GUESTVIEW: Faiths meet at Parliament of World Religions
The following is a guest contribution. Reuters is not responsible for the content and the views expressed are the authors’ alone. Paul Knitter is the Paul Tillich Professor of Theology, World Religions and Culture at Union Theological Seminary in New York.Matthew Weiner is Program Director at the Interfaith Center of New York.
By Paul Knitter and Matthew Weiner
In 1893, the Chicago Parliament of World Religions was convened to gather the world’s faiths together for the first time. The organizers had a subversive message they kept hidden from invited speakers from non-Christian traditions: Christianity is the one true faith. They assumed that if all the faiths had a chance to speak publicly to the world, it would be obvious that Christianity was superior. But things didn’t go as planned. As it turned out, the Hindu representative Swami Vivikananda from India stole the show, convincing everyone that Hinduism was as valid a way to worship and experience the divine as any other. The state of the world’s religions was changed forever and the interfaith era had its symbolic beginning.
Over 100 years later, things have certainly changed. The Parliament of World Religions is again under way here in Melbourne, with over 6,000 participants from 200 countries representing every major faith in the world. Now, it is assumed that every faith is valid. Here, His Holiness the Dalai Lama, who will speak on Wednesday, is by far the most popular speaker, followed by Aboriginal and Native American speakers and others.
(Photos courtesy of Graeme Sharrock, NPPA)
The Parliament as an organization was revived in 1993 in Chicago, with the same name and the same ideal of representing all faiths, but with a different message — everyone is welcome to the table for open and honest conversations. The goal is different as well — to mobilize public opinion about the value of religious traditions and the critical importance of religions communicating with one another.
Even in the 16 years since the first new parliament, there have been real shifts in the public’s view of religion, in large part because of the work of this organization. In 1993, there was great media attention but little interest from secular constituancies. This parliament is co-hosted by the Melbourne city government. Representatives of UNICEF and other major UN agencies are here to present and learn about faiths. The Obama administration is sending a team from their Faith Based Initiatives office. All of this movement is taking place against the backdrop of 9/11. The significance of the different ways religion can be understood are not lost on anyone here.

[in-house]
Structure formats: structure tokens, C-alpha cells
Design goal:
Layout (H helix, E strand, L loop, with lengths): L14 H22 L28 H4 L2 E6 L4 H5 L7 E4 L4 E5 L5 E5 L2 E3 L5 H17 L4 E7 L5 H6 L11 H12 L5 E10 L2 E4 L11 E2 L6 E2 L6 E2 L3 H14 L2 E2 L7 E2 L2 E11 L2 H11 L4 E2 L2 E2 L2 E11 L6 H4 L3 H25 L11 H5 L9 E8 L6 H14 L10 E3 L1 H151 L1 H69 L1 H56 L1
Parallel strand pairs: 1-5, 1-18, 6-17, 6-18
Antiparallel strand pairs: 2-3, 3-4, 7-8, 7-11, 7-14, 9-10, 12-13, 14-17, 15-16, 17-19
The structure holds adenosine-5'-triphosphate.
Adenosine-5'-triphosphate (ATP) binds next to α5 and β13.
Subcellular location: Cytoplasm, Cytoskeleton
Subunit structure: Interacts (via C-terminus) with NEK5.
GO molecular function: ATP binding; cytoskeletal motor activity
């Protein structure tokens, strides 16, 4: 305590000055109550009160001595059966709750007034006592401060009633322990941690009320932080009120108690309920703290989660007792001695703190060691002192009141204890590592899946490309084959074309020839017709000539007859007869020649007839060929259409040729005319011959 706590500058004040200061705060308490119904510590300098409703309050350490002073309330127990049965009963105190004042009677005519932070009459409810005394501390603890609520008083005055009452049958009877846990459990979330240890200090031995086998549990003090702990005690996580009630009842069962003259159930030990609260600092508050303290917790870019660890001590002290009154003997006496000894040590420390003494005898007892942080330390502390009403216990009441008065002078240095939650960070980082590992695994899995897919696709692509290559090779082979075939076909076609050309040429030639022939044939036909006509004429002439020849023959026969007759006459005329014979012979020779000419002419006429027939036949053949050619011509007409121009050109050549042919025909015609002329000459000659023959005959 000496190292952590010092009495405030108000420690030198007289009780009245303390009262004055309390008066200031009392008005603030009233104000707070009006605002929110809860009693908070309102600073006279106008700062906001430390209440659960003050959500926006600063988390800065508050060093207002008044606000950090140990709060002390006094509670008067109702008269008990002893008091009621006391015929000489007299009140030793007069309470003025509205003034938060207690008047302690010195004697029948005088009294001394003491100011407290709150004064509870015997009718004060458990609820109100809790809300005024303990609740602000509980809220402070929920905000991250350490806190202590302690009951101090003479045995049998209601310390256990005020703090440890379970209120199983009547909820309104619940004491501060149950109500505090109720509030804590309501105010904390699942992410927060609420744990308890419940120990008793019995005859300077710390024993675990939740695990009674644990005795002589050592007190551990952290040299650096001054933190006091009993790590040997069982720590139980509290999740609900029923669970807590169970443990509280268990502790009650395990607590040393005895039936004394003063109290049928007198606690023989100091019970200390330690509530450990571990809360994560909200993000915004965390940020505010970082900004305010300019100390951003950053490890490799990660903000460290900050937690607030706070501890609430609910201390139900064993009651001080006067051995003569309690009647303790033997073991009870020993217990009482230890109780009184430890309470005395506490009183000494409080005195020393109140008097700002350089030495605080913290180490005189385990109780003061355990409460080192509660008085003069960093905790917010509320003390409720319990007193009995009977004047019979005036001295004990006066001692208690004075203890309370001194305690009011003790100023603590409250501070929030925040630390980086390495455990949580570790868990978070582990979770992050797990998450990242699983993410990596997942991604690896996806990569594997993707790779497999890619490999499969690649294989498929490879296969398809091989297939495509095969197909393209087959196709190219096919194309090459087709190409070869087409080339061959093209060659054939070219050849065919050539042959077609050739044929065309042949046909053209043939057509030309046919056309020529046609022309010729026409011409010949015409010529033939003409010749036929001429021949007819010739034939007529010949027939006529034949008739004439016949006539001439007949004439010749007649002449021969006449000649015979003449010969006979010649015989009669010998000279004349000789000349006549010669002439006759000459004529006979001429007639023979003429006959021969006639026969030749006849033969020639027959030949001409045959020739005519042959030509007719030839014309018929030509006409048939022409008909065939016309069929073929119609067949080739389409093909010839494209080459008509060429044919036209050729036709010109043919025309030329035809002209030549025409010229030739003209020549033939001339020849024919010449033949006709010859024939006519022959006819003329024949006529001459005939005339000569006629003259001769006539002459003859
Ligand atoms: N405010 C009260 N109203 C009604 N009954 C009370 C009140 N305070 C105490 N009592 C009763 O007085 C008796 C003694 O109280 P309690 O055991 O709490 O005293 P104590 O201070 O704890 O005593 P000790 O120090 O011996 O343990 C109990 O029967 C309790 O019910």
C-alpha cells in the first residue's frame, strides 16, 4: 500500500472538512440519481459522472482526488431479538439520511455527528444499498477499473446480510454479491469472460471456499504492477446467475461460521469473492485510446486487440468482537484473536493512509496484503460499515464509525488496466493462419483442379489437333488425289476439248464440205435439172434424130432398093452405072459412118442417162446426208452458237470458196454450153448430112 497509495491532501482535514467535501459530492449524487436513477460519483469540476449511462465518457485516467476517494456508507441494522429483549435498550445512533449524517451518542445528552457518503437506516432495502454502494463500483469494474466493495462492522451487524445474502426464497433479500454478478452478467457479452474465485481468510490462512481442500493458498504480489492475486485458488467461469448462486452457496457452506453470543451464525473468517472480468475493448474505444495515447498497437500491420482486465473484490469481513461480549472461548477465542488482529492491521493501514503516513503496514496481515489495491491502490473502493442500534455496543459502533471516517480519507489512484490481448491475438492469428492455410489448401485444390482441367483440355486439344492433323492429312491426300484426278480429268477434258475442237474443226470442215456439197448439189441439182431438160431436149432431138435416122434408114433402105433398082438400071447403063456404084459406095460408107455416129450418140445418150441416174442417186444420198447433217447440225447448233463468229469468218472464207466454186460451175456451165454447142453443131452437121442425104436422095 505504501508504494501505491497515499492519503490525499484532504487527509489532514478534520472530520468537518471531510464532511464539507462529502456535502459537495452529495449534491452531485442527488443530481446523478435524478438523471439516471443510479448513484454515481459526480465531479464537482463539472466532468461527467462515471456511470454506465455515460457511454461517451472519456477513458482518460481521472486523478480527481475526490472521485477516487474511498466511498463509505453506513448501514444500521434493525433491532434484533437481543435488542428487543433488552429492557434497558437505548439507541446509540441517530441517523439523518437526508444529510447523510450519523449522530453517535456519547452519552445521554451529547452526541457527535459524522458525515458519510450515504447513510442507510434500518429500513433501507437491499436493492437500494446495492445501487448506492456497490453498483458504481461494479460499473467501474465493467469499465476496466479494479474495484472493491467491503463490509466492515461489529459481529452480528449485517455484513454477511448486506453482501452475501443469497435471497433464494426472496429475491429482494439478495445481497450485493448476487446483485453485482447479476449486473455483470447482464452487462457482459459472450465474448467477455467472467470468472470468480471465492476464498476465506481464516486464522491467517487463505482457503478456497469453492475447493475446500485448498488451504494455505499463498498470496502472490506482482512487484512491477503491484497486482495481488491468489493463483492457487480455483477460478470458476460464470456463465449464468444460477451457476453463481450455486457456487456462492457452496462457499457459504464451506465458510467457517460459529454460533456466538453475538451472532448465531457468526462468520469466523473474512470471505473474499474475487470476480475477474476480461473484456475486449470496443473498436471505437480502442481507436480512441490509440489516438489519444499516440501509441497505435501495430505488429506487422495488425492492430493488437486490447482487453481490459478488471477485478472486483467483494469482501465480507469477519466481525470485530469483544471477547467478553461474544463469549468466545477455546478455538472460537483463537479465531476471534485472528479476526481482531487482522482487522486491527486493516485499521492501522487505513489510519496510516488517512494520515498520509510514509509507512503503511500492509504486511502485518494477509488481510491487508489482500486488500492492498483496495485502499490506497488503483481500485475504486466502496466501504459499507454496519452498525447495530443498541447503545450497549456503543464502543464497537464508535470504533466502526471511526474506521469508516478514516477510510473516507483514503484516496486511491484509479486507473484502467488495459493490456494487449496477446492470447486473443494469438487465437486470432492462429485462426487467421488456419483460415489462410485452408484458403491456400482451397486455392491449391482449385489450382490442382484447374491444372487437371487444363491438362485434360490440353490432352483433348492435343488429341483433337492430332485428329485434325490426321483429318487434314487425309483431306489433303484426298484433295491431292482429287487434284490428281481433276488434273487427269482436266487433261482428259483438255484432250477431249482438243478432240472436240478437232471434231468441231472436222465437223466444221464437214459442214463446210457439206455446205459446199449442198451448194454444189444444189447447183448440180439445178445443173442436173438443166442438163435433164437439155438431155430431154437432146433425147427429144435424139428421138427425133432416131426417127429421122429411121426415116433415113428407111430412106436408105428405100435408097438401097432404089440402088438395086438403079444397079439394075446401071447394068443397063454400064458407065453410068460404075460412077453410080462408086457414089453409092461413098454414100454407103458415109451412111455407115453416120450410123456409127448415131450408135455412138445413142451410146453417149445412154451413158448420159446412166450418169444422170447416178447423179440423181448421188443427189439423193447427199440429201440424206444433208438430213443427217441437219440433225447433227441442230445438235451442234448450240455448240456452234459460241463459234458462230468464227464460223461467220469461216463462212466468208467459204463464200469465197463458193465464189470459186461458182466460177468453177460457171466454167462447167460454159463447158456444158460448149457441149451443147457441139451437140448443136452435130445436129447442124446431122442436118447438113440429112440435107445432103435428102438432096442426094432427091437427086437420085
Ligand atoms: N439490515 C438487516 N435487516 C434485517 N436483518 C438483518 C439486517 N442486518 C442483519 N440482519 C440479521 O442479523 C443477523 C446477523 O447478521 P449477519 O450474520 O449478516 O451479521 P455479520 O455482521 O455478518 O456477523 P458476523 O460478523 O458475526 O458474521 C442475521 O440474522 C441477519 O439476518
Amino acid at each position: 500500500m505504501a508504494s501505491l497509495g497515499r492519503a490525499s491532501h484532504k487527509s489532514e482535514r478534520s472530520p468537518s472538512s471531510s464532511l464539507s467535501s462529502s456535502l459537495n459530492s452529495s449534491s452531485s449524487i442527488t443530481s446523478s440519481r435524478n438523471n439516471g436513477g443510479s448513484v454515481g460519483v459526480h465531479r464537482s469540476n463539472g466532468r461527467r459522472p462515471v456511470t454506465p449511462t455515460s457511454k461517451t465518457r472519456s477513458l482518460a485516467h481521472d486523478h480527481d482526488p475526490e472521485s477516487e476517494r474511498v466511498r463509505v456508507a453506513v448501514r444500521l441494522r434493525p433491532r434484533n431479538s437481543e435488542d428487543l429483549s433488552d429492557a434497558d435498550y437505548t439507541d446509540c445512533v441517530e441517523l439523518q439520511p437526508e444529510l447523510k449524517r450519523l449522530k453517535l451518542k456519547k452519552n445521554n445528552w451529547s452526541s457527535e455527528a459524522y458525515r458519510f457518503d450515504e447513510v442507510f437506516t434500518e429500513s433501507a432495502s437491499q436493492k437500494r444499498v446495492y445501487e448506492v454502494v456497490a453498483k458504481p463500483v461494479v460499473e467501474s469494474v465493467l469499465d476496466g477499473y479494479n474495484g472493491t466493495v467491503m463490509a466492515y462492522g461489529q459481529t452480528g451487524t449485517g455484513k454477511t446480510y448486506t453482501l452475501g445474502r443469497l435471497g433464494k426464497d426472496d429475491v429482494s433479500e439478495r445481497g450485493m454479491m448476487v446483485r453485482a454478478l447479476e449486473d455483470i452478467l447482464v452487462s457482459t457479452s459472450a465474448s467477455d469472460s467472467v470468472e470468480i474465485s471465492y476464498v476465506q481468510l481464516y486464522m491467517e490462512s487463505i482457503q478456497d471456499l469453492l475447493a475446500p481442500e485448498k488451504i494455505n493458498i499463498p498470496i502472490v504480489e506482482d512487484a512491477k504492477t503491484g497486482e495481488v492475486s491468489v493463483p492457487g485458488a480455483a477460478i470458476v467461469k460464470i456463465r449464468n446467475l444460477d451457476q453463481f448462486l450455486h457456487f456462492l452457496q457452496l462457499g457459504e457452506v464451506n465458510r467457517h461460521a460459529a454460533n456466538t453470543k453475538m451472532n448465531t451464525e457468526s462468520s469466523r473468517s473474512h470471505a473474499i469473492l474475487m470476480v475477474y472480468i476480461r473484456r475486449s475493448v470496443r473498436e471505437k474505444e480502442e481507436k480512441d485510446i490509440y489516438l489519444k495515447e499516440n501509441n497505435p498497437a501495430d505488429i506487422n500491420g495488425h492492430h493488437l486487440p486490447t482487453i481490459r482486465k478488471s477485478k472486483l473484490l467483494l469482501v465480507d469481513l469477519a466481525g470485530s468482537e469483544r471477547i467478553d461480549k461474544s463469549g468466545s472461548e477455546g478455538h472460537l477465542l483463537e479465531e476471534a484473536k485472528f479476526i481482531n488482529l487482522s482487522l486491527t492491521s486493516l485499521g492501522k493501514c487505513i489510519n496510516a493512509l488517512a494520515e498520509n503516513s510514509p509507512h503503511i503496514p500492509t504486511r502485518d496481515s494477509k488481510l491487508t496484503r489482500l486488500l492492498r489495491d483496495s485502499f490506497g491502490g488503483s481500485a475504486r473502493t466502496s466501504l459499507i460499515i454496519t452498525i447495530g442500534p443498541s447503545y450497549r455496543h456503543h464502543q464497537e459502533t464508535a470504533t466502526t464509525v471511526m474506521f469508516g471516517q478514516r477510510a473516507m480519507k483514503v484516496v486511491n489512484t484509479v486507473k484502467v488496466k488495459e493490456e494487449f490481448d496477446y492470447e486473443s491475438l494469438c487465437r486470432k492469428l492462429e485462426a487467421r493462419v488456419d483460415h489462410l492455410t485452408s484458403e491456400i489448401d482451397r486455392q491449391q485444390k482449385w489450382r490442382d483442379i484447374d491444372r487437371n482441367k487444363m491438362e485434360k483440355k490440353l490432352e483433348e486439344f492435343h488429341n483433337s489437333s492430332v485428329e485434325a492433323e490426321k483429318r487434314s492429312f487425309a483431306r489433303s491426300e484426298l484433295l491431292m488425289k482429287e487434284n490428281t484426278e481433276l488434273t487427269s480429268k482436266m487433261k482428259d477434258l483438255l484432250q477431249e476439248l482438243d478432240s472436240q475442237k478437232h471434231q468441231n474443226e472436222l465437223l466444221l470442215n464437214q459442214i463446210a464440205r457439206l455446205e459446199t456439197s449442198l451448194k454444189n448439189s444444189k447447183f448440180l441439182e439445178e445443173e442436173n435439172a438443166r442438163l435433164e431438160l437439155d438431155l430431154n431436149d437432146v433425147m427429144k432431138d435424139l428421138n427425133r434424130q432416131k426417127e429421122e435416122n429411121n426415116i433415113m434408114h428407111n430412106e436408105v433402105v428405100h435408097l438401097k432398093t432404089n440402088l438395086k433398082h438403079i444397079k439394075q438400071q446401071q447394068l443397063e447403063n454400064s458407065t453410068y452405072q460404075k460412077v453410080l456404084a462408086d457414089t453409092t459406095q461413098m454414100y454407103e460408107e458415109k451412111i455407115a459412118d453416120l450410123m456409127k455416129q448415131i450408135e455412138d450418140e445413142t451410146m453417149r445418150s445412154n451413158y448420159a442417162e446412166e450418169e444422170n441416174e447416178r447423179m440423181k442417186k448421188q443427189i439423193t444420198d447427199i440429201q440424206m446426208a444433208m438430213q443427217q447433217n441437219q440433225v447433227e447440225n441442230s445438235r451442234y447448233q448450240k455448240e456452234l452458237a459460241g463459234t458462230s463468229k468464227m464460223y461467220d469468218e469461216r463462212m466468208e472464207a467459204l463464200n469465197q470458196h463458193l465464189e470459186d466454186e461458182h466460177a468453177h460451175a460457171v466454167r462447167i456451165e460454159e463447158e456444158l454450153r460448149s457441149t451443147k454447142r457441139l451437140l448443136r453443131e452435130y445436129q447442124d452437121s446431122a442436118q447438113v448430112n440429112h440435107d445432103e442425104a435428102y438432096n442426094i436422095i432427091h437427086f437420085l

One of the most interesting additions to the 2009 Parliament is a contingent of over 100 seminarians from the United States – future ministers, imams, and rabbis – who are here because of a generous grant from the Henry Luce Foundation. They are part of a program titled “Prepare Religious Leaders for a Multi-Religious World.” Each of 15 seminaries and theology schools sent from four to ten students, each school one or two faculty members.
To prepare for the Parliament, all the seminarians had to take a course at their home school dealing with religious diversity and the urgency of interreligious cooperation. During the five days of the Parliament, they meet for five sessions in which they share what they learned in their courses and discuss how they can better open their congregations to cooperate with followers of other religions.
The guiding conviction for this program for seminarians is that one cannot be an effective Christian minister, Jewish rabbi or Muslim imam without knowing something about other religions. Among the participating schools are Hartford Seminary, Catholic Theological Union (Chicago), Rabbinical School of Hebrew College (Boston), Trinity Lutheran Seminary (Minneapolis), Union Theological Seminary (New York) and the Yale, Harvard and Vanderbilt Divinity Schools.
The Parliament claims to be a home for all faiths, but what does this mean? How many religions are represented? Certainly all of what we think of as the “major” faiths: Buddhism, Hinduism, Islam, Christianity, Judaism — but also Jains, Zorastrians and a strong contingency of Native American and other indigenous groups. In fact, besides the Dalai Lama’s presence, the preeminent leaders here are Chief Oren Lyons and Chief Jake Swamp from the United States and Wande Abimbola from Nigeria. It remains critically important to native communities to be represented as faith traditions, often among the very communities that sought, and often continue to seek, to convert them. Lyons is a strong proponent, one might say a warrior for his people in this regard, pointing out that they are the communities that “got away” from other faiths.
In recognition of the painful history of indigenous peoples in Australia and in reverence for them, all the major addresses and most of the sessions in the Parliament begin with a statement of gratitude to the “ancestors who once inhabited and carried for this land.”
Here’s the official video introducing the Parliament: